One of the chronic issues of internet law is extraterritoriality: When can a court in one country control content elsewhere? Last week, the Canadian Supreme Court considerably increased the risk of a major clash over this issue. In a recent decision (Google Inc. v. Equustek Solutions Inc) (0), the court held that a Canadian trial court acted properly in ordering Google to hide certain content from users anywhere in the world (1). Unless this principle is promptly restrained, it is liable to do a great deal of mischief.
The content in question is of no particular social value. In previous litigation, Equustek had demonstrated to the satisfaction of a Canadian trial court that a competitor — Datalink Technologies — had stolen their intellectual property and illegally marketed a copycat product. Equustek requested, and the trial court granted, an order that Google hides all webpages belonging to Datalink from all users everywhere. In the court’s view, the fact that Google sells advertising to customers in British Columbia was enough to give the provincial courts their jurisdiction to regulate search content worldwide.
The problem with the ruling
Google and a platoon of amici curiae object that this ruling will have significant negative consequences on free expression. The Canadian Supreme Court majority considers this point in paragraphs 48 – 50 of its decision — and misses the point. The court takes laborious notice of the fact that advertising for an illegal business is not a protected speech and that Google under other circumstances removes webpages from its search engine.
None of this is to the point. The key issue is not the content covered by this particular injunction — it is the jurisdictional question. Canada is now on record as saying that a court may regulate content anywhere a company sells advertising. This is such a reckless policy that it is hard to understand how the court failed to think it through. But once we concede that Canadian courts can regulate search engine results in Turkey, it is hard to explain why a Turkish court shouldn’t have the reciprocal right. And this is no hypothetical — a Turkish court has indeed ordered Twitter (2) to remove a user (AEI scholar Michael Rubin) within the United States for his criticism of Erdogan. Once the jurisdictional question is decided, it is no use raising free speech as an issue. Other countries do not have our free speech norms, nor Canada’s. Once Canada concedes that foreign courts have the right to regulate Canadian search results, they are on the internet censorship train, and there is no egress before the end of the line.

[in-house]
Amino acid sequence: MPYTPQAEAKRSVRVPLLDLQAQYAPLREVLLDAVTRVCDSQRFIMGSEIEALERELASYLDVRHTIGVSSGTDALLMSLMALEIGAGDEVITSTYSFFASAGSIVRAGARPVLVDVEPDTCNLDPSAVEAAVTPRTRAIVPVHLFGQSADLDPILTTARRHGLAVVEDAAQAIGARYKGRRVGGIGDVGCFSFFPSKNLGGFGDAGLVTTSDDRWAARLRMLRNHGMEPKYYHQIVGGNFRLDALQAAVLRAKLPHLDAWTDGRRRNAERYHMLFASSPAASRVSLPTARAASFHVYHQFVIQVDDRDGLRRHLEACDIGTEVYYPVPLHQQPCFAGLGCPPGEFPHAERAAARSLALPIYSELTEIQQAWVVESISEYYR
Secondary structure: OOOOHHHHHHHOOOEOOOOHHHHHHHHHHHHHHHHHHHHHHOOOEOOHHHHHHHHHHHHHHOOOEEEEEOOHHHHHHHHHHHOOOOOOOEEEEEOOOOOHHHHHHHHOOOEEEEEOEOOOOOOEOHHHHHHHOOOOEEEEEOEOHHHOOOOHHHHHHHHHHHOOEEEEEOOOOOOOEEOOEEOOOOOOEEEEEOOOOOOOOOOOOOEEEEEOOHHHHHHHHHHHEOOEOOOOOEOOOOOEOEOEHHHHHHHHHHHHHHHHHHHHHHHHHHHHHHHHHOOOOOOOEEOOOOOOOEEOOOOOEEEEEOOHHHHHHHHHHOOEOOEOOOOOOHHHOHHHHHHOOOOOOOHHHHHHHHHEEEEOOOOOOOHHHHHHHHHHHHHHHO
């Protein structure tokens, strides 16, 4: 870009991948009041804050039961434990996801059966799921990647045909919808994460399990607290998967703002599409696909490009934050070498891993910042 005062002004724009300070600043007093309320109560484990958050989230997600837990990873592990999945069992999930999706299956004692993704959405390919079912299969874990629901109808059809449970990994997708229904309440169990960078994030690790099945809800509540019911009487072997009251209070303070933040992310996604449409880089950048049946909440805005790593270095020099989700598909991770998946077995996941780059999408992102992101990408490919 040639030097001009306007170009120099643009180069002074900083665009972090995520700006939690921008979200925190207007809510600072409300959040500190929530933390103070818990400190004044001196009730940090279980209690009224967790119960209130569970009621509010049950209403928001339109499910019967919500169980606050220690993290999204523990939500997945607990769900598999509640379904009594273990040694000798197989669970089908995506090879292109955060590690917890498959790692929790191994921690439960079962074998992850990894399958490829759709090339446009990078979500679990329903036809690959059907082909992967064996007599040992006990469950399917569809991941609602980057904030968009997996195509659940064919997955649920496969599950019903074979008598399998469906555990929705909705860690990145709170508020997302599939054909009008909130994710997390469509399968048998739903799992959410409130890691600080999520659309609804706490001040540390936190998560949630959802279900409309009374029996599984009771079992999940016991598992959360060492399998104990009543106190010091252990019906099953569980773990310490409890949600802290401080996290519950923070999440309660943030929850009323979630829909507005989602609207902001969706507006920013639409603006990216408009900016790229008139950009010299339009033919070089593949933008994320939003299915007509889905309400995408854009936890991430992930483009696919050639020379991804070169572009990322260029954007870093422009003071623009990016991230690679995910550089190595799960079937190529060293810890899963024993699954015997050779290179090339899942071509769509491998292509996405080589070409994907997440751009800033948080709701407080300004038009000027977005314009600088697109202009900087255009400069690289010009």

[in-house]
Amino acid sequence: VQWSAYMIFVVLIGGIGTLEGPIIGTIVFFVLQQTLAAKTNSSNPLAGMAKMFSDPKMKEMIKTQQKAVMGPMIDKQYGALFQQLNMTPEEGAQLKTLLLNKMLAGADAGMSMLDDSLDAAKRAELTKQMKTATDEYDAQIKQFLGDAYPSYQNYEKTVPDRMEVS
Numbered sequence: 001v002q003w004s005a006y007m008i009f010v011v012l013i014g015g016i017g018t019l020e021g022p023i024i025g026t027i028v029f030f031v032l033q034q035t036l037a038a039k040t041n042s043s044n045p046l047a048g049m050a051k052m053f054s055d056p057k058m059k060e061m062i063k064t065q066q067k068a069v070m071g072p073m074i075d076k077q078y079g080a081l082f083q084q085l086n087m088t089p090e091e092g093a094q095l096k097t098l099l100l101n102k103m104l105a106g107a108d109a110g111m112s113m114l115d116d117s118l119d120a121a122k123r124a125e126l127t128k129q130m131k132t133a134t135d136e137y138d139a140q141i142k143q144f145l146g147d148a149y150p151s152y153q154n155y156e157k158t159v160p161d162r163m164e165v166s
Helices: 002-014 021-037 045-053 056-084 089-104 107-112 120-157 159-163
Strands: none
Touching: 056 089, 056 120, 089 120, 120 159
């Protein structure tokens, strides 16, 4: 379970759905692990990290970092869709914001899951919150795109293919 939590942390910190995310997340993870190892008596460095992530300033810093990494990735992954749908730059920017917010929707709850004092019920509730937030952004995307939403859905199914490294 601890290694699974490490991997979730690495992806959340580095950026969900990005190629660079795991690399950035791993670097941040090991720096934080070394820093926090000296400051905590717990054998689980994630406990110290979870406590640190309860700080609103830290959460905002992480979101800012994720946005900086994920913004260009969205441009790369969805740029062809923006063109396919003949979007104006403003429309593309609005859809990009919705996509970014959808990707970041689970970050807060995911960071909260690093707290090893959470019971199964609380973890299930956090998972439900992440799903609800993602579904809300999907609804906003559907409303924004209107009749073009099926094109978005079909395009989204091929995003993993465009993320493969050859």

At the trial court, Google noted that it does not actually have an office in British Columbia. The court acknowledged that “traditionally, courts have not granted injunctive relief against defendants who reside outside the jurisdiction” [paragraph 91]. However, the court decided that in the interest of convenience for the plaintiff, it would issue an injunction anyway — backed by the unspecified threat of creative enforcement penalties, for example, refusing to allow Google to use the courts of British Columbia for other unrelated tort or contract disputes.
This again is really quite an alarming precedent when extended worldwide. We do not want courts throughout the world to exercise their creativity in finding ways to compel foreign companies to alter their conduct in foreign countries. It is worth noting that while Google does not have offices in British Columbia, it does have offices in Moscow, Istanbul, and Beijing (3). If global internet regulation by trial courts is going to happen, Canada may have to wait in line behind several other countries that have more effective ways of bringing Google to heel.
How Google and the US could respond
It would be poetic justice for Google to grant all courts and governments worldwide the right to supervise search results seen in Canada, but not elsewhere. Perhaps the courts in Russia would like to enjoin criticism of Putin in Canada — there is no obvious jurisdictional bar recognized by the Canadian government. Perhaps China’s content rules should apply to expatriates in Vancouver. Perhaps some court in France would like to order all French-language content globally to conform to Académie française guidelines. The Canadian Supreme Court has failed to even hint at a generally applicable principle to bar these sorts of orders.
The US government might also intervene. We have an administration that, while not particularly pro-tech, is particularly bellicose on trade issues. The right of American companies to serve whatever content they like in the United States without prejudice to their legal rights in Canadian courts seems like a reasonable issue to raise in trade negotiations.
In all likelihood, nothing dramatic will happen this time, however. Based on my personal testing, Google appears to have complied with the order — Bing finds many Datalink websites that Google does not return. This compliance suggests that other courts and governments will be emboldened to likewise issue orders with worldwide applicability to non-resident companies. Of course, not every company will obey every order. But we are sliding towards a world in governments are increasingly brazen in regulating content shared by foreigners on foreign platforms, and in which companies comply or not, based on what pressure can be brought to bear. This is going to be a significant burden on the technology industry and a greater one on the world at large.